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Devils Lake Journal - Devils Lake, ND
  • Gary Brown: Tips for enjoying fireworks

  • Nothing says the Fourth of July like picnic baskets and fireworks. I’ve got no baked beans or potato salad on hand, so you’ll have to pack your own food, but here are some tips for enjoying the booms and the flashes of fireworks shows on the holiday.

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  • Nothing says the Fourth of July like picnic baskets and fireworks. I’ve got no baked beans or potato salad on hand, so you’ll have to pack your own food, but here are some tips for enjoying the booms and the flashes of fireworks shows on the holiday.
    • Exclaim “Oooooh!” and “Aaaaah!” a lot. It’s traditional, almost patriotic. I’m sure that the people standing under the original bombs bursting in air — which fireworks are meant to symbolize — didn’t show this much enthusiasm. But, over the decades, with the development of strictly enforced fireworks safe zones and more comfortable portable chairs, the feeling of danger is minimized. Few people duck and cover during a modern fireworks show. We say “Aaaaaaw” and sigh in unison without any nervousness whatsoever.
    • Never ask, “Did you see that one?” It’s just going to disappoint people. These are individuals who are standing within a few feet of you, with their eyes gazing at the same sky you are looking at, seeing the same bursts of color and brightness that are capturing your attention. I’m guessing they saw all the fireworks you just watched. But, if they did happen to drop food, or be called by a young child, or accidentally step on a small pet, and their attention was distracted, do you want to have to say, “Oh, too bad,” and send them home with the belief that they missed the most beautiful individual explosion in the history of fireworks? “That was the best one I’ve ever seen; too bad you were looking down and saying ‘Mommy will take you to the bathroom in a minute ...’ ”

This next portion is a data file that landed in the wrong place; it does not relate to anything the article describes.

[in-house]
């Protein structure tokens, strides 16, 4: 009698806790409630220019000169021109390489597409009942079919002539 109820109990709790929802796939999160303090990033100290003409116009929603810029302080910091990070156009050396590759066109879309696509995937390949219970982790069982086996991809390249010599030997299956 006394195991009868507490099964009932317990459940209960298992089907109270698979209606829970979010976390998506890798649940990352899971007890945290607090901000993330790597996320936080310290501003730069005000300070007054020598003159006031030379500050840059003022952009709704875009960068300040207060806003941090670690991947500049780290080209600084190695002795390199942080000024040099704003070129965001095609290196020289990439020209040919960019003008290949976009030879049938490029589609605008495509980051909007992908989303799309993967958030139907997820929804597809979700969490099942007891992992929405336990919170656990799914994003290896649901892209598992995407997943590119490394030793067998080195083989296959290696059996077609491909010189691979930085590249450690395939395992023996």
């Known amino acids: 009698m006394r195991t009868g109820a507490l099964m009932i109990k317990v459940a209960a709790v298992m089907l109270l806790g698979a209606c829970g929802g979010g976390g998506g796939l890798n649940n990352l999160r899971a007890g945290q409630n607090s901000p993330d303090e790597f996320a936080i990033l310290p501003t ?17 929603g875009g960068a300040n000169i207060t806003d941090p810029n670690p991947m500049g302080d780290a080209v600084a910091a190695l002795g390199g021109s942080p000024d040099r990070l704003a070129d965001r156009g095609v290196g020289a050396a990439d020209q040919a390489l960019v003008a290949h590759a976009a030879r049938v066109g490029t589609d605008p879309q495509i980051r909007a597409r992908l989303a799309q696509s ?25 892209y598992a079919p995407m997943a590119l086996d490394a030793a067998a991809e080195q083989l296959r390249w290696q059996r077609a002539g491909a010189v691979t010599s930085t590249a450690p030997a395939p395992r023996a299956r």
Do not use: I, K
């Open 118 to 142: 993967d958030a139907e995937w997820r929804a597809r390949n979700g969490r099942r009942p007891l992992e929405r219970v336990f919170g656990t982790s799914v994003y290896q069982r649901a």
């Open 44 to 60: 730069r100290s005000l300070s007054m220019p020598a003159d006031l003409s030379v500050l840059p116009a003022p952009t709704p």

ENJOYING THE VIEW
    • Try to stand with short people in front. This may be difficult to accomplish in a public area where hundreds or even thousands of people have gathered for fireworks. But, out of courtesy for others, we all should try to understand that one tall father with a child sitting on his shoulders can ruin it for everybody behind him. It may sound rude, but I think it’s totally acceptable at the beginning of a fireworks display to make the announcement, “Tall people, either get down on the ground or go to the back of the crowd.”
    • Along a similar vein — and I shouldn’t have to tell you this — if you are parking in a lot so you can watch fireworks in the comfort of your car, avoid the place behind a recreational vehicle or you’ll miss most of the low ones.
    • Don’t be a smarty pants. Even if you are the type of person who likes to study up on everything, enjoy your knowledge silently. Putting a name to each fireworks effect — “They call that a multi-hue mosaic” — could be distracting to those around you, whose entire understanding of fireworks might be summed up in the observation, “Wow, look at all the beautiful colors. ...”
    Page 2 of 2 - NEARING THE END
    • As the show continues, anticipation will engulf a typical fireworks crowd. Everyone will be waiting for that last, huge combination of bursts that will signal the end of the show. Wait patiently. Do not stand up after a particularly long and interesting series of bursts and announce your departure. Fireworks displays these days have two or even three preliminary “grand finales” and you don’t want to be bending over picking up your cooler when the truly awesome one arrives.
    • Try not to compare different fireworks displays. Attempting to figure out whether this year’s fireworks was better than last year’s is like trying to figure out which sunset this week was the prettiest. If you need to judge, just claim, “Wow, that was the best one yet,” and let it go at that.
    Contact Gary Brown at gary.brown@cantonrep.com.

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